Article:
# StatLab Articles

## Getting Started with pandas in Python

The pandas package is an open-source software library written for data analysis in Python. Pandas allows users to import data from various file formats (comma-separated values, JSON, SQL, fits, etc.) and perform data manipulation operations, including cleaning and reshaping the data, summarizing observations, grouping data, and merging multiple datasets. In this article, we’ll explore briefly […]

## Understanding Multiple Comparisons and Simultaneous Inference

When it comes to confidence intervals and hypothesis testing there are two important limitations to keep in mind. The significance level1, $$\alpha$$, or the confidence interval coverage, $$1 – \alpha$$, only apply to one test or estimate, not to a series of tests or estimates. are only appropriate if the estimate or test was not […]

## Data Scientist as Cartographer: An Introduction to Making Interactive Maps in R with Leaflet

Note: This version of the article contains static images of maps generated with Leaflet. To view a version with interactive maps, click here. A striking feature of many maps from early in the history of cartography is their linearity. Being primarily for travel (and given the technological limitations on how faithfully geographies could be understood […]

## Understanding Robust Standard Errors

What are robust standard errors? How do we calculate them? Why use them? Why not use them all the time if they’re so robust? Those are the kinds of questions this post intends to address. To begin, let’s start with the relatively easy part: getting robust standard errors for basic linear models in Stata and […]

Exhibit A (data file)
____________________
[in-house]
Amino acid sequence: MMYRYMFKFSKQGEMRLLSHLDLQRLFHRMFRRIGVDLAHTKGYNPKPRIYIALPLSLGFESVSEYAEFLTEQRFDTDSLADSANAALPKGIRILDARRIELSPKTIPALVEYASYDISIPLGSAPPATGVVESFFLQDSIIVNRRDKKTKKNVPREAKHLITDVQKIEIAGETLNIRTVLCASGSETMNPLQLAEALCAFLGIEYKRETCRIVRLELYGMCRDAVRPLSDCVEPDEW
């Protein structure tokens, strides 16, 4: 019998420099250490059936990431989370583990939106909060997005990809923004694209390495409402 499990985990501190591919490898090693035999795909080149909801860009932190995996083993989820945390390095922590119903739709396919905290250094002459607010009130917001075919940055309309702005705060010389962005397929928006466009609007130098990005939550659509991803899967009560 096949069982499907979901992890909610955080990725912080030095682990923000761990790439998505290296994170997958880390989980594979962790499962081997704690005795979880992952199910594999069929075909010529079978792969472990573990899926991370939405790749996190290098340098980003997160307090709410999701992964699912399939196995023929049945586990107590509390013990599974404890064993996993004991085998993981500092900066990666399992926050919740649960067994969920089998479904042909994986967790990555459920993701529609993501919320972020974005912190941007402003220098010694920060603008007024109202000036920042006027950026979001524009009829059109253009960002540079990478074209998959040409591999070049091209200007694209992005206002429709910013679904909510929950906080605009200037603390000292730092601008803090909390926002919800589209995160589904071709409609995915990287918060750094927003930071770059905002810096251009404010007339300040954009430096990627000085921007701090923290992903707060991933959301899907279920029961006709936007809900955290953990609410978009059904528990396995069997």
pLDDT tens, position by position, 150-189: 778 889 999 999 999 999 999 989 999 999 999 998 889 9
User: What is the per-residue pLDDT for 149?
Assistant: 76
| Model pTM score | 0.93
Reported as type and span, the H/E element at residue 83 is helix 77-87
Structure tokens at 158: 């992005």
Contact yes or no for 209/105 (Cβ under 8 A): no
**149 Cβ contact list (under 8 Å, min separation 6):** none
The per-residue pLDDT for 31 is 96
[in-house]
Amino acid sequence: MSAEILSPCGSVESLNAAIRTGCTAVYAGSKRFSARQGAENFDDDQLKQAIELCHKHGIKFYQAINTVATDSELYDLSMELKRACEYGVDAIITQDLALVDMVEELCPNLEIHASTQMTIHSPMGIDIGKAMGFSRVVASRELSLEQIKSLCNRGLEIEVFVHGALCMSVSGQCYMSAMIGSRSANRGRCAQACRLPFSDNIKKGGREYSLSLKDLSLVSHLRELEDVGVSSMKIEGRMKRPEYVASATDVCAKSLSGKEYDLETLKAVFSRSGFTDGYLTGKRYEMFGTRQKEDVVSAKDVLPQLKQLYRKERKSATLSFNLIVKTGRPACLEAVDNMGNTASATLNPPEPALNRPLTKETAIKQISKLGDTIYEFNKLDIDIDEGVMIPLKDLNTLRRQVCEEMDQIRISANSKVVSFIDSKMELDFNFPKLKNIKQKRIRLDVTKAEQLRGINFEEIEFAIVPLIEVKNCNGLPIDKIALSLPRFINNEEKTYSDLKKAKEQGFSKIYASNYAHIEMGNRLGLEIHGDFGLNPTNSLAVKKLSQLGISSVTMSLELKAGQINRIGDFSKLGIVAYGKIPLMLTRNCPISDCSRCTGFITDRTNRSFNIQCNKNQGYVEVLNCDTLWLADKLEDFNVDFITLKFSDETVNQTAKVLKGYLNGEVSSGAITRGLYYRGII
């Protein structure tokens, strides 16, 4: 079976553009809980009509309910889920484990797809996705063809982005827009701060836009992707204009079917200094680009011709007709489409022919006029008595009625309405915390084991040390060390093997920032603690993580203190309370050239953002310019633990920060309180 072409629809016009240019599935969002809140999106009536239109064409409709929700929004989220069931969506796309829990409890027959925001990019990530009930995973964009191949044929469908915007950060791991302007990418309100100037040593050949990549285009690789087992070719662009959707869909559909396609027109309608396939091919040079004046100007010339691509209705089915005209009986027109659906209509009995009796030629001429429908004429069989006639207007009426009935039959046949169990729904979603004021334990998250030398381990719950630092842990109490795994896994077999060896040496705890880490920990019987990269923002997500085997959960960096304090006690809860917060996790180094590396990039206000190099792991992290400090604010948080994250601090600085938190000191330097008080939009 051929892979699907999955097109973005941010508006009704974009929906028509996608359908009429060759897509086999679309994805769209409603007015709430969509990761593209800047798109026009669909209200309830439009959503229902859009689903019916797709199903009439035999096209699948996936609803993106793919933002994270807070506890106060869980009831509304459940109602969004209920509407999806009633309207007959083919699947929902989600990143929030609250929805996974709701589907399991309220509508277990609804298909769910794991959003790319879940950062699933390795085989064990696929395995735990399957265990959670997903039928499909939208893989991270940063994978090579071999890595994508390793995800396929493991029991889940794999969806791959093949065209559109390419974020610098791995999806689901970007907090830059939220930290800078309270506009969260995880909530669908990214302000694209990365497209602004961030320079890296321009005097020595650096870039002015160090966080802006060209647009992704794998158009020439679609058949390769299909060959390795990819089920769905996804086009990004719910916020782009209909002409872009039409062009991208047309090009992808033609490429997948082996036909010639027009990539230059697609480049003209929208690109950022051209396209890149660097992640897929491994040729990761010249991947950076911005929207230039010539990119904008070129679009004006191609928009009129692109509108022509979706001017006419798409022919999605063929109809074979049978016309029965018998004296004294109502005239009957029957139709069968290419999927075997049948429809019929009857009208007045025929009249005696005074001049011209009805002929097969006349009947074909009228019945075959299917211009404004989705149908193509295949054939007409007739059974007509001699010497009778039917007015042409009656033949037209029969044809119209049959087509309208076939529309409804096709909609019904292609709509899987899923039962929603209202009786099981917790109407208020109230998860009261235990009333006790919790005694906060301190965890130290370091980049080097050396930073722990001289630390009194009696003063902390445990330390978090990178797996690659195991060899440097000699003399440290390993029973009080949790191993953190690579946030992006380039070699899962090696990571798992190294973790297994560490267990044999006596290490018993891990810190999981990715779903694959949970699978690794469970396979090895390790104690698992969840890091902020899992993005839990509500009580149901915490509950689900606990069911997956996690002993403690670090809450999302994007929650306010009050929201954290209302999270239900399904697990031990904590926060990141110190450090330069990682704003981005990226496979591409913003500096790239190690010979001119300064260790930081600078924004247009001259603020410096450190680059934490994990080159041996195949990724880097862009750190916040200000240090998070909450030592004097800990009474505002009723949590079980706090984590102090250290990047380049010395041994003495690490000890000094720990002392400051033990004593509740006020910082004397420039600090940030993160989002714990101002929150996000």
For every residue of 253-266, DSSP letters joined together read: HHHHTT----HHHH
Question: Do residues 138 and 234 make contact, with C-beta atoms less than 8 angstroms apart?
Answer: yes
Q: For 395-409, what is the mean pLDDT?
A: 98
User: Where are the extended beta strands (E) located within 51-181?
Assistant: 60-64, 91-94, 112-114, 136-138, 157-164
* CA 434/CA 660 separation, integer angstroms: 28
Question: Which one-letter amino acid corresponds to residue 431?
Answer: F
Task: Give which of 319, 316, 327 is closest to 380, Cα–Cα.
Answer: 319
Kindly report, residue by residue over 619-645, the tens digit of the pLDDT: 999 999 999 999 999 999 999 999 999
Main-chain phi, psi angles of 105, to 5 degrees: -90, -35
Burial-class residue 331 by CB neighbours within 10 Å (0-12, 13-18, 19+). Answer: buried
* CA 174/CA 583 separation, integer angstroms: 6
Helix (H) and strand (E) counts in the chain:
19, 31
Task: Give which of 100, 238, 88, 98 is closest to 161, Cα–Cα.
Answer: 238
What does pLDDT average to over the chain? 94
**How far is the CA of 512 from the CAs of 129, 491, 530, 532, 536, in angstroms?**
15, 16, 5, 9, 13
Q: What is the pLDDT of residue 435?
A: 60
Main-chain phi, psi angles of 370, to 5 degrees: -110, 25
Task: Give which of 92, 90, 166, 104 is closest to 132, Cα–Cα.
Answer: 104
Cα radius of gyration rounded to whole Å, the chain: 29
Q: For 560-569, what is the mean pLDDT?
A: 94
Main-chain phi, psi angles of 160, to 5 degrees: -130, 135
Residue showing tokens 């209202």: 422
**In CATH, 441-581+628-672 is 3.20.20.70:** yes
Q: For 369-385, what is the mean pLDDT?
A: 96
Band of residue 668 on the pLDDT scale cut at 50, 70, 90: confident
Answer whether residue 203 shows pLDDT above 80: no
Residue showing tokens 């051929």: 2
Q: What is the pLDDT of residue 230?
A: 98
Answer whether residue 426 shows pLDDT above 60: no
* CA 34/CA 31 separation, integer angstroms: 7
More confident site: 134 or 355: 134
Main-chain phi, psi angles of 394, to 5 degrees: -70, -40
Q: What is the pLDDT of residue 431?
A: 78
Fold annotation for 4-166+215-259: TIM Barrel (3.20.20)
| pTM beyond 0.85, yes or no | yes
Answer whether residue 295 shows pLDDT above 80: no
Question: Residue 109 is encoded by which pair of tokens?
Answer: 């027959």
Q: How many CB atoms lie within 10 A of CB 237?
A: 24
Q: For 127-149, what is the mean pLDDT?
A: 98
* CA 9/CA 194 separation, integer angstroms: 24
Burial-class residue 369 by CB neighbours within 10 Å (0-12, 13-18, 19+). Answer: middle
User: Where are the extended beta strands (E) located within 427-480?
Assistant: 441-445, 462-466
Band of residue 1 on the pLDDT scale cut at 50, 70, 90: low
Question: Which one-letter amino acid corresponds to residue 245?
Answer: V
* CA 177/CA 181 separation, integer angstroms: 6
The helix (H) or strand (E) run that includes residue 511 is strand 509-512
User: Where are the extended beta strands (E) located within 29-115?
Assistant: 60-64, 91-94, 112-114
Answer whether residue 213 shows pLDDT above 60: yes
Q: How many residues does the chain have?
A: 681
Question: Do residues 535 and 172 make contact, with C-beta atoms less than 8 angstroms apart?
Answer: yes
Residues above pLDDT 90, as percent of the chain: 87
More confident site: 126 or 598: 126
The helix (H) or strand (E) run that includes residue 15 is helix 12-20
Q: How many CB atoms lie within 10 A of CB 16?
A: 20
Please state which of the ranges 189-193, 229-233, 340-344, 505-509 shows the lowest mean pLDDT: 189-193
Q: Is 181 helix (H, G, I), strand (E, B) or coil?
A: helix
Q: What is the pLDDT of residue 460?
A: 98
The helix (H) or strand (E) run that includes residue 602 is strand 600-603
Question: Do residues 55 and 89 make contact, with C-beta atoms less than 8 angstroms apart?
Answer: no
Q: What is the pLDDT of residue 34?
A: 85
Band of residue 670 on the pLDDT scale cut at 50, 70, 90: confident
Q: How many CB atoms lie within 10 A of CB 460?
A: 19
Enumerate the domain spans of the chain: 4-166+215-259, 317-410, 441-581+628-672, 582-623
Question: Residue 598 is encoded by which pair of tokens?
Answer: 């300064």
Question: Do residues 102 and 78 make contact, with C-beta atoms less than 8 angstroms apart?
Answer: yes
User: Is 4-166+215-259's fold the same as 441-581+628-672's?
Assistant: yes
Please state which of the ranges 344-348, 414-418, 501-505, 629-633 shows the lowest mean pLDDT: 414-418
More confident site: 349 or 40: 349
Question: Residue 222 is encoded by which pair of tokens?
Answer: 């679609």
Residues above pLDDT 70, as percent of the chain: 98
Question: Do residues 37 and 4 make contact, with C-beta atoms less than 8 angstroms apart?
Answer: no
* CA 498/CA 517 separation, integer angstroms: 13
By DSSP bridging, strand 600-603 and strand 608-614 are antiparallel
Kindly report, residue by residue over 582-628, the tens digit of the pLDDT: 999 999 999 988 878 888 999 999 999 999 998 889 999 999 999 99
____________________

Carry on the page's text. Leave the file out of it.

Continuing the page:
## Getting Started with Multinomial Logit Models

Multinomial logit models allow us to model membership in a group based on known variables. For example, operating system preference of a university’s students could be classified as “Windows”, “Mac”, or “Linux”. Perhaps we would like to better understand why students choose one OS versus another. We might want to build a statistical model that […]

## Understanding Empirical Cumulative Distribution Functions

What are empirical cumulative distribution functions and what can we do with them? To answer the first question, let’s first step back and make sure we understand “distributions”, or more specifically, “probability distributions”. A Basic Probability Distribution Imagine a simple event, say flipping a coin 3 times. Here are all the possible outcomes, where H […]

## Getting Started with Rate Models

Let’s say we’re interested in modeling the number of auto accidents that occur at various intersections within a city. Upon collecting data after a certain period of time perhaps we notice two intersections have the same number of accidents, say 25. Is it correct to conclude these two intersections are similar in their propensity for […]

## Getting Started with Regular Expressions

Regular expressions (or regex) are tools for matching patterns in character strings. These can be useful for finding words or letter patterns in text, parsing filenames for specific information, and interpreting input formatted in a variety of ways (e.g., phone numbers). The syntax of regular expressions is generally recognized across operating systems and programming languages. […]

## Getting Started with Shiny

What is Shiny? Shiny is an R package that facilitates the creation of interactive web apps using R code, which can be hosted locally, on the shinyapps server, or on your own server. Shiny apps can range from extremely simple to incredibly sophisticated. They can be written purely with R code or supplemented with HTML, […]

## Databases for Data Scientists

As data scientists, we’re often most excited about the final layer of analysis. Once all the data is cleaned and stored in a format readable by our favorite programming language (Python, R, STATA, etc), the most fun part of our work is when we’re finding counter-intuitive causations with statistical methods. If you can prove that […]